In Asia there hasn’t been a historical predilection for using fragrance. How are you establishing a beachhead there? How are you seeing consumption evolve?
Culturally, Asia is not a [market] for fragrance. In Japan, fragrance has never really developed above being 5 or 6 percent of the total beauty market. But it is also true that today the driving country is China. There is still a very virgin territory to develop, in need of a lot of education, but China could be the center of the real development for fragrance in the Asian world. We also know they are extremely sensitive to fashion and trends, so having the opportunity to bring important designer names with fragrance products will be a great way for Chinese people to approach a designer with a relatively low out of pocket, and to start enjoying part of this dream. Another [area] that is culturally extremely fertile for fragrance is India. There, it is going to take longer to build infrastructure, but once it’s [in place], the market will skyrocket. China [will develop] in the next decade. India is difficult to anticipate. I don’t think it is going to be in the next five years, but it’s going to come.
Europe historically is a strong fragrance market. What impact is the economy having on your business there?
So far, none. The business is doing very well, even in countries like Spain that are under big pressure. Overall, the market is more resilient than in many other industries.
What emerging retail channels excite you the most?
Digital, because its dynamics are completely different from brick-and-mortar. Another channel that is developing very nicely in the U.S. and has started developing in the rest of the world is the TV channel, which is interesting, because it allows you to tell in-depth the full story related to your product and to create an environment. It can be really entertaining.
Do you believe in mentors?
I believe that you always have to be on a learning process in your life — in [work life] as in your private life — and it is very important that you observe and try to learn from situations and people. I had the opportunity to work with some managers who I observed and from whom I tried to learn as much as I could. It is also true that everybody has his individuality.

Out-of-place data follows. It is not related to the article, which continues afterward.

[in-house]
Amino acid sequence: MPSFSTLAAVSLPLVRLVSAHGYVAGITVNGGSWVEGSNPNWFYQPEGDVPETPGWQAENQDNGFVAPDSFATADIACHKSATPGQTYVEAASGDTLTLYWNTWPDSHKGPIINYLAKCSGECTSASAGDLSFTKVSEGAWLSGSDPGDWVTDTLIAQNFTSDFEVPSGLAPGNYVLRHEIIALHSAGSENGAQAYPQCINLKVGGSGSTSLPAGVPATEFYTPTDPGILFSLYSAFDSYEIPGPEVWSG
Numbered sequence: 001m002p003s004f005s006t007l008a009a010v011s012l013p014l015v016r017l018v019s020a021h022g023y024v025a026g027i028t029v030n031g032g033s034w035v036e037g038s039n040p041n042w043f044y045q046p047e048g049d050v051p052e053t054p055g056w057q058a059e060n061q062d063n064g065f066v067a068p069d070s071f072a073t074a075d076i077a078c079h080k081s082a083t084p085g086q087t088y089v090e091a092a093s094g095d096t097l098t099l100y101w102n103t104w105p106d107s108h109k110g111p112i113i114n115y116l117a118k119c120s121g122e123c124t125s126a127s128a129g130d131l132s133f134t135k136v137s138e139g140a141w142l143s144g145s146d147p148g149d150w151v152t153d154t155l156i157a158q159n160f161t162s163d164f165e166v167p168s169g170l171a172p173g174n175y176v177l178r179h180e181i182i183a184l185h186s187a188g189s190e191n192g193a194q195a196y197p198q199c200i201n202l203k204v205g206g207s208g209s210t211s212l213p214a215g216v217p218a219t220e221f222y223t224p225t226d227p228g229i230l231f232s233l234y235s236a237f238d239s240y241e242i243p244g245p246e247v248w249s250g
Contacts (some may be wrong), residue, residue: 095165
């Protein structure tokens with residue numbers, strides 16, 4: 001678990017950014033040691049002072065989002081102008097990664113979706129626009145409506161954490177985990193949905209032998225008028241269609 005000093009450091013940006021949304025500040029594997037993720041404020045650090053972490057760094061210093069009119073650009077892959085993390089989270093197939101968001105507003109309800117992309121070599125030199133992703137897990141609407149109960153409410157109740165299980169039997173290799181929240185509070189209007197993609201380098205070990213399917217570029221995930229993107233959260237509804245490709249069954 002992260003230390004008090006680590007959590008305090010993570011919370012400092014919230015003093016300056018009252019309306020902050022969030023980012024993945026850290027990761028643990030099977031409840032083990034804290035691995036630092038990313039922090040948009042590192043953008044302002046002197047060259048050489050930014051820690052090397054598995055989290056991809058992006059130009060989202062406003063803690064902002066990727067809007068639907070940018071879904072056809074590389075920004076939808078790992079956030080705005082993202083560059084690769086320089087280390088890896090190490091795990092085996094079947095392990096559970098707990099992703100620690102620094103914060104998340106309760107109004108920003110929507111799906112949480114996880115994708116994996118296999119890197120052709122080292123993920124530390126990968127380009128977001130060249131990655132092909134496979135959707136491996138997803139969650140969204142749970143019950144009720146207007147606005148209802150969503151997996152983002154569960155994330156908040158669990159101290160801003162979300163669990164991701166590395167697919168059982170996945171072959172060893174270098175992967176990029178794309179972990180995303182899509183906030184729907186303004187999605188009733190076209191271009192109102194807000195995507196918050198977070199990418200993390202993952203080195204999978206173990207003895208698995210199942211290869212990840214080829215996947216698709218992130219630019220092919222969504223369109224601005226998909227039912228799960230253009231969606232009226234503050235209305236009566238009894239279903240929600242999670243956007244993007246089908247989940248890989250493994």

How would you describe your management style?
I like a lot to create an environment that is full of energy, with a lot of passion, with a strong entrepreneurial spirit. My rule is essentially to create the condition for people to best express their talent. At Coty, we were able to build a group with a very high level of trust and performance, because people feel they can really express their personality, their skill, their talent. That is, for me, most important.
How have you seen your management style evolve?
During these 10 years with Coty, it has evolved because the businesshas changed dramatically. The company has become much bigger, more complex. So there has been a need to rebalance a little bit the push for growth… with some more robust processes and control, in order to ensure that the machine keeps on going with a lot of the energy and dynamism but in a controlled and safe way.
What’s the most difficult business decision you’ve had to make and would you do it the same way today?
One that was hard at the time was when we decided to sell Yue-Sai, the Chinese skin care and makeup brand, in 2004. By that time, already we could see China as the big next thing. We decided to be consistent with our focus that was—as a first step—on our development to become very strong in fragrance. Then we were still a challenger. One year later came the acquisition of the Unilever business. So we made a choice: We decided to give up something that could have been interesting to prioritize something that was our key objective in terms of growth. Given the result, I was happy that we took this decision, because now we are back in China, stronger as a company, ready to be much more effective in terms of investment than we were six, seven years ago.
What drives you?
Passion, emotion. I always disagreed with the vision of the manager who has to have no emotion — that if you want to be a clear thinker, take emotion off the table. A positive emotion helps a lot to drive the vision, to drive the motivation of the organization. I am driven by the joy of working with people.
What do you do to relax?
I’ve always had a very special relation with music. In sports, what I find extremely relaxing is hiking in the mountains. Last but not least is my little blue Vespa. I always go [places] by scooter. It is one of the most beautiful inventions, the Vespa — mostly the light blue one.
IN BRIEF: Michele Scannavini, born in Ferrara, Italy, received a degree in economics from Milan’s
Bocconi University. He began his career at Procter & Gamble—where he remained for six years—before working at dairy goods brand Galbani between 1990 and 1992. From 1993 to 1999, Scannavini headed up sales and marketing for Ferrari and Maserati. He was then chief executive officer of Italian sport apparel and footwear firm Fila Holding SpA between 1999 and 2002. In March 2002, Scannavini became president of Lancaster Group Worldwide, the former name of Coty Inc.’s Paris-based prestige division, which is now Coty Prestige.